The (Mis)Behaviors of Toddlers
That's Using Your Mind
What Happened to My Angel?
Toddlers are terrifying beings. Sure, they're small and look adorable. They have a look of complete innocence. However, let's be honest here, sometimes you wonder just how innocent that toddler is when they give you the look of the devil, while saying "uh oh" and flinging poop from their diaper. Or maybe that's just my toddler. We would hope that these behaviors are not exclusive to what people try to tell us is our bundle of adorable joy we brought home from the hospital all those months ago. We even try to convince ourselves that our child was so sweet forever ago, but get discouraged when we realize it has only been a few months since they woke up with willful personalities and full of constant mischief. This may or may not console you, but that cute little ball of mischief is in fact your little bundle of joy growing up just as he should, poop flinging and all.
This terrifying stage brings all sorts of worries for parents, both veteran and newbies. Parents who say, "they're perfect angels until they become teens" have apparently forgotten the age from when they start walking until they are about 3. Toddlers are unpredictable, and every toddler is different and brings their own challenges. My first son, as ever so angelic that he was, had his moments that made me sit and wonder what happened to my little angel. He mastered finger painting by 2, however the medium he chose came from his diaper and his material of choice was the wall. Aside from that, we walked away from his toddler years unscathed. My second precious angel was ahead of the game, walking at 8 months and climbing in, out and over everything not long after. I was told he had the devil in him, and sure enough that might not be too far from the truth. He has a great disposition, for the most part until a stranger or my brother comes near him. He's generally full of smiles and usually laughing.
However, you can always tell when trouble is about to hit. His smile face gets and evil look about him, his laugh turns from joy to menace. Then, he says "uh oh". "Uh oh" to my lovely little toddler does not mean that something has happened. No, it means "something is about to happen and I'm the one about to do it". As a result, he never leaves my side. I follow him like a hunter stalking prey, always ready to pounce when he climbs and then tries to jump off of something. I've even considered super gluing his diaper on. And these are the least of my problems, though I do get quite a work out from chasing him around all day.
The toddler is an unpredictable being trying to find his place in this confusing world. He's learning boundaries and acceptable behaviors. He doesn't know that playing with his favorite toy in public is embarrassing for others. He just knows there's something in his diaper and it's apparently hilarious. There are more serious behaviors that exist also, that may involve harming themselves or others. Our jobs as parents is figuring out how to get these worrisome or just embarrassing behaviors to stop without breaking their will to learn and explore.
They Are, In Fact, Normal.
I tried to search the Internet for issues I am facing with my toddler that actually scares me. What I have found is that their isn't a whole lot of specific help for certain behaviors. And for that, I am here. My son's pediatrician is a great resource, as is everyone at the doctor's office. I'm here to tell you that it is normal, and share my son's scary habits and how I'm trying to discourage them.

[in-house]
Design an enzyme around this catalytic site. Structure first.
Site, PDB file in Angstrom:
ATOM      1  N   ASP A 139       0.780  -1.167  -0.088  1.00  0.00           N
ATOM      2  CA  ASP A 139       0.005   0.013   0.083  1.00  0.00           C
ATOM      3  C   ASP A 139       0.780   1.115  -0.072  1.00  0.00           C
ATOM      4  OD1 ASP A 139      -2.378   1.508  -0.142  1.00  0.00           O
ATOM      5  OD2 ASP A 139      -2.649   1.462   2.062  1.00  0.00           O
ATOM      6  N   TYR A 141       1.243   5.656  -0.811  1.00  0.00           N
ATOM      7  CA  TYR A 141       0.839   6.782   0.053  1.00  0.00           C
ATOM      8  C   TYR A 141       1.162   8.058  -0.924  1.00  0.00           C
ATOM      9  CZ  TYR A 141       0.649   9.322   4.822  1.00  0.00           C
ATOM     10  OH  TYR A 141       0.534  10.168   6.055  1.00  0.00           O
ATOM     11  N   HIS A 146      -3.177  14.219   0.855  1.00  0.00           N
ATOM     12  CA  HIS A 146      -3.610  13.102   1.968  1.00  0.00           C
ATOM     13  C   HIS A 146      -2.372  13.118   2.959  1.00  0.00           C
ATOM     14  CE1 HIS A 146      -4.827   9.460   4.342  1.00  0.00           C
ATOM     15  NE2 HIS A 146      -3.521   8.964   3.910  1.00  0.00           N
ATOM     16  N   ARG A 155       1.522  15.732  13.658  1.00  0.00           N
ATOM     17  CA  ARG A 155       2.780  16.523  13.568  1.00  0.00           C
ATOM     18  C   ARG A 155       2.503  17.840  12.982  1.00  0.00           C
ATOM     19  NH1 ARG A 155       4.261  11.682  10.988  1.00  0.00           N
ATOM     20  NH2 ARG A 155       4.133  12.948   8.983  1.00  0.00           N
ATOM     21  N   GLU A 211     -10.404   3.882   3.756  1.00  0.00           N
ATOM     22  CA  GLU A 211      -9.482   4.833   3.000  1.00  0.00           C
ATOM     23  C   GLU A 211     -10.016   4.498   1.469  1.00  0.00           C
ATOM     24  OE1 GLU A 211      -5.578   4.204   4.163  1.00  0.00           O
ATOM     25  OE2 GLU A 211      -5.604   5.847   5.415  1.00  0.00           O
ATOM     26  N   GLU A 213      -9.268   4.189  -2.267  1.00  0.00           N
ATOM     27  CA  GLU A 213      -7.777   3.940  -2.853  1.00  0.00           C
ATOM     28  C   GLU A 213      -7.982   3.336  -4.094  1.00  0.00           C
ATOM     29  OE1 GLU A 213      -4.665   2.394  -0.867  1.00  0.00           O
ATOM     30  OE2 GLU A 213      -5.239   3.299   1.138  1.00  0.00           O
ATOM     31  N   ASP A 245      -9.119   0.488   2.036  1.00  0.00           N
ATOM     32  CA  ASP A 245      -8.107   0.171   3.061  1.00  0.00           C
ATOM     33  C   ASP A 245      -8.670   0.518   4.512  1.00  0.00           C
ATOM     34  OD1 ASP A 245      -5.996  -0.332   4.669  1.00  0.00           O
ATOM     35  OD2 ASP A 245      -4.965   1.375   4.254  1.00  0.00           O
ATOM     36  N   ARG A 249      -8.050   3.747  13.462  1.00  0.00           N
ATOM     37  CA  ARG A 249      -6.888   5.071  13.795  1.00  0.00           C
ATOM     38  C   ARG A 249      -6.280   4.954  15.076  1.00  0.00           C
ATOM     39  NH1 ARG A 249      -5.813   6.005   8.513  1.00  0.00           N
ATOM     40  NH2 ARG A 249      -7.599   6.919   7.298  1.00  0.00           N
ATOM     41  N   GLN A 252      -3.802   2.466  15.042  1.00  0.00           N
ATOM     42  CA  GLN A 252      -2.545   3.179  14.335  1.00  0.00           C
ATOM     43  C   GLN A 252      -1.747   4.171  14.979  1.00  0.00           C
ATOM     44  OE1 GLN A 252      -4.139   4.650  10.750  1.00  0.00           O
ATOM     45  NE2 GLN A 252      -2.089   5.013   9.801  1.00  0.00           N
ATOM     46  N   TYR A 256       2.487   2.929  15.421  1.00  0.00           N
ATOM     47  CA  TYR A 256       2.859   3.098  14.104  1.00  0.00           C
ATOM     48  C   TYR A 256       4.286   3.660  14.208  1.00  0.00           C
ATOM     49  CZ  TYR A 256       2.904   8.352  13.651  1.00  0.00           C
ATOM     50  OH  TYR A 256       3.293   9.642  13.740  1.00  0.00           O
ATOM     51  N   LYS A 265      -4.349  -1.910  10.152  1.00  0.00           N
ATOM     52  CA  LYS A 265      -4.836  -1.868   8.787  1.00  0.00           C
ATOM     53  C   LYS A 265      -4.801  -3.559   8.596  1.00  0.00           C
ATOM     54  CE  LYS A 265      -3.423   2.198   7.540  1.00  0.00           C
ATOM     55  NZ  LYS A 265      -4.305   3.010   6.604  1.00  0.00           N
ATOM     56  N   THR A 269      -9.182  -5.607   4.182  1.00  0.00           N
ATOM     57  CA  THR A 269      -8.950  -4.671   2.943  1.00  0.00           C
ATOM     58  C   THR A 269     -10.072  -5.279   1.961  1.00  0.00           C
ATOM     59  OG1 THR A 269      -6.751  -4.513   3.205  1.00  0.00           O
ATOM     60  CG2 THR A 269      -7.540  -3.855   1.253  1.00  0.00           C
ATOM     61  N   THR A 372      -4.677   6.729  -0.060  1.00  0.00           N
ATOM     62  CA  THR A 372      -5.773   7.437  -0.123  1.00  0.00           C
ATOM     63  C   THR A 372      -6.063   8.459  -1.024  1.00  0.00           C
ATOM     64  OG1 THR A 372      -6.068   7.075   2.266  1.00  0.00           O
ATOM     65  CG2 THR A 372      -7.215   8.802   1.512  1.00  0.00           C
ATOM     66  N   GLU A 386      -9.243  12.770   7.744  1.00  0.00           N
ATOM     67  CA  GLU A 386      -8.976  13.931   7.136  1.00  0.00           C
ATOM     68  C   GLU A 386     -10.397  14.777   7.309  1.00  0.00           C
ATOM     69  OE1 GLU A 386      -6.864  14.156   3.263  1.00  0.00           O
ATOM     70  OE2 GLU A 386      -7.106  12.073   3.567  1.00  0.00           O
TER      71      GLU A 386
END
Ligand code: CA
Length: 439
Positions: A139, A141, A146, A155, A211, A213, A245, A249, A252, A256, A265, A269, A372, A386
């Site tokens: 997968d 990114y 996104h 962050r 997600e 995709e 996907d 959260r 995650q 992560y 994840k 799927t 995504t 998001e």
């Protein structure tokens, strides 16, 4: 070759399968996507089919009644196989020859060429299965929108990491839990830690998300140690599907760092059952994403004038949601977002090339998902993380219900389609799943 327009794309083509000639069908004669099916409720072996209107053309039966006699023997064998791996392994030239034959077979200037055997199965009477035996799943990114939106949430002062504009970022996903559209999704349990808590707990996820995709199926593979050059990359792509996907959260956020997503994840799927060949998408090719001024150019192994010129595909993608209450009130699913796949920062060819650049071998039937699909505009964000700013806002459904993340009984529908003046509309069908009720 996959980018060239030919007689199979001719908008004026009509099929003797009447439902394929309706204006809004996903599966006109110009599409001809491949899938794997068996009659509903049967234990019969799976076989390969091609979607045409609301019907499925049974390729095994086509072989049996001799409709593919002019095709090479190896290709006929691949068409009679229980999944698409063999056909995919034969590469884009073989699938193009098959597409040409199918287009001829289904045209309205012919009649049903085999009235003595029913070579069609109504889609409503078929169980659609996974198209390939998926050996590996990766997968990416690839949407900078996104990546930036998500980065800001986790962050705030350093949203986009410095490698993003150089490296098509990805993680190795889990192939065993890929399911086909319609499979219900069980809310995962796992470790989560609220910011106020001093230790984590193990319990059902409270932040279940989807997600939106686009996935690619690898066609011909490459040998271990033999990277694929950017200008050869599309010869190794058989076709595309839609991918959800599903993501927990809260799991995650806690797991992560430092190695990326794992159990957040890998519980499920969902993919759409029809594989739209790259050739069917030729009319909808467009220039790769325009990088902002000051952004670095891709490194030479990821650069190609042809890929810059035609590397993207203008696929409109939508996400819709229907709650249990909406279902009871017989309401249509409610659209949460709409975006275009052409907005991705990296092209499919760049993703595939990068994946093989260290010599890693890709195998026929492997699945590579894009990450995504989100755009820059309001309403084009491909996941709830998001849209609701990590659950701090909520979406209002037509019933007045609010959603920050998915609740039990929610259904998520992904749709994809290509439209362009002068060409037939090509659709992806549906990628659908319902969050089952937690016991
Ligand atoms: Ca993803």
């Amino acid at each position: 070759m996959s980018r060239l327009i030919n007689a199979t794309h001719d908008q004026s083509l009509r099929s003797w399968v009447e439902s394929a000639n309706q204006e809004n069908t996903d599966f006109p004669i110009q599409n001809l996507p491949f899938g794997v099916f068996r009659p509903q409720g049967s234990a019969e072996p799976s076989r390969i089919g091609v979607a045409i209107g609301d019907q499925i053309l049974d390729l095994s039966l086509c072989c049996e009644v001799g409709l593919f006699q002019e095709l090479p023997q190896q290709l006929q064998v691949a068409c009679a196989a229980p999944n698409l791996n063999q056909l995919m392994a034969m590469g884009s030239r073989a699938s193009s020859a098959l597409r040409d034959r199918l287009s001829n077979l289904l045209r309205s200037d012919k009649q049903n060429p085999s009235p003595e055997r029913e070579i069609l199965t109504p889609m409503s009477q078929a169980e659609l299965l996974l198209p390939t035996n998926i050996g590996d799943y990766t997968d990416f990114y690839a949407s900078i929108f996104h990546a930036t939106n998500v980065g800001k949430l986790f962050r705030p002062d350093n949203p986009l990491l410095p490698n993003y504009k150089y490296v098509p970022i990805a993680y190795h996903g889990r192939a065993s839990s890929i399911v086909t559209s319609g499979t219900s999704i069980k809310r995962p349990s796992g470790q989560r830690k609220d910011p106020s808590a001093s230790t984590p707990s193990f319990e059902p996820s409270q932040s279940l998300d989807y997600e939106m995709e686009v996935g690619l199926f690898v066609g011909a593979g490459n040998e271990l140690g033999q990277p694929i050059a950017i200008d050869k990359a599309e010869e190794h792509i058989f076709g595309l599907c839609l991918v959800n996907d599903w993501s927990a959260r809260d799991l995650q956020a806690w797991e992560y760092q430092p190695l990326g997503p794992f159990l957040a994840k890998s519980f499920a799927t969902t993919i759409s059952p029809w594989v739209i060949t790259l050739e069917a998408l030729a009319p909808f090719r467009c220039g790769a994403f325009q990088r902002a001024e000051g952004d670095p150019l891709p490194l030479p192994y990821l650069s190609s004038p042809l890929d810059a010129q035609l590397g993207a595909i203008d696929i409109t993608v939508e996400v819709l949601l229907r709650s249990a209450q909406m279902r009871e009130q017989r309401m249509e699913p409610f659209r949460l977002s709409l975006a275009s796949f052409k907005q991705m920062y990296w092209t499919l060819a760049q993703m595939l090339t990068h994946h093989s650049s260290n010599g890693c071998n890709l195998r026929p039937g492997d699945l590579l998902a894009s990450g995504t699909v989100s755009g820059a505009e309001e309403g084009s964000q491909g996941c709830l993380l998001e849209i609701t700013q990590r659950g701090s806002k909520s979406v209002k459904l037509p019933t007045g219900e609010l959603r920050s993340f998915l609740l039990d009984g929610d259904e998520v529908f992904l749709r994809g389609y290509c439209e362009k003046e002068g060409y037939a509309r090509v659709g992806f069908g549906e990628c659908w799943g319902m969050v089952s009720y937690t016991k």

- Hair pulling. No he was not really pulling my hair, but taking out chunks of his own hair. A Google search led me to articles about this being an early sign of OCD. My first instinct was to internally freak out at the idea that my precious child wasn't perfect. Luckily I had a well baby check up the next day. After talking to the doctor, she figured out that while most children tug at ears while teething, my son pulled out his hair in response to the teething pain. Sure enough, I could tell a new tooth was coming in because he reverted back to this behavior every time.
- Self-harm. My son was a biter, though his preferred target for biting was himself. He also bangs his head against everything on purpose, poked himself in the eye, makes himself vomit then laughs, and the most alarming is him choking himself. I felt helpless. The doctor said that I had to pretend that he was hurting someone else and discipline him as such. She said to say "no" sternly and often because you would need to say it often. Be prepared, often means every few minutes every day until they suddenly learn. Except my child had just learn to shake his head disapprovingly and point instead of stopping. Then I opted for the "stop the behavior and distract" approach while saying "no". This has worked a lot better and he doesn't do these behaviors as often.
- The infamous tantrum. Toddlers are known for this. In fact, it might just be their specialty. My son's pediatrician suggested I place him in the playpen to stop his tantrums. I then pointed out that he has long mastered climbing out of the playpen and this wasn't an option for me. She suggested probably the easiest solution for this: ignore them and let the tantrum work itself out because they want your attention and it will only feed it and make matters worse. And you know what? It works. His tantrums have dramatically been reduced. It was the simple advice that worked the best.
You'll survive these times. If you can survive toddlerhood, I'm confident the teens will be a cake walk. Any time your teen gives you trouble, take comfort that this trouble doesn't lead you to cleaning poop off of everything.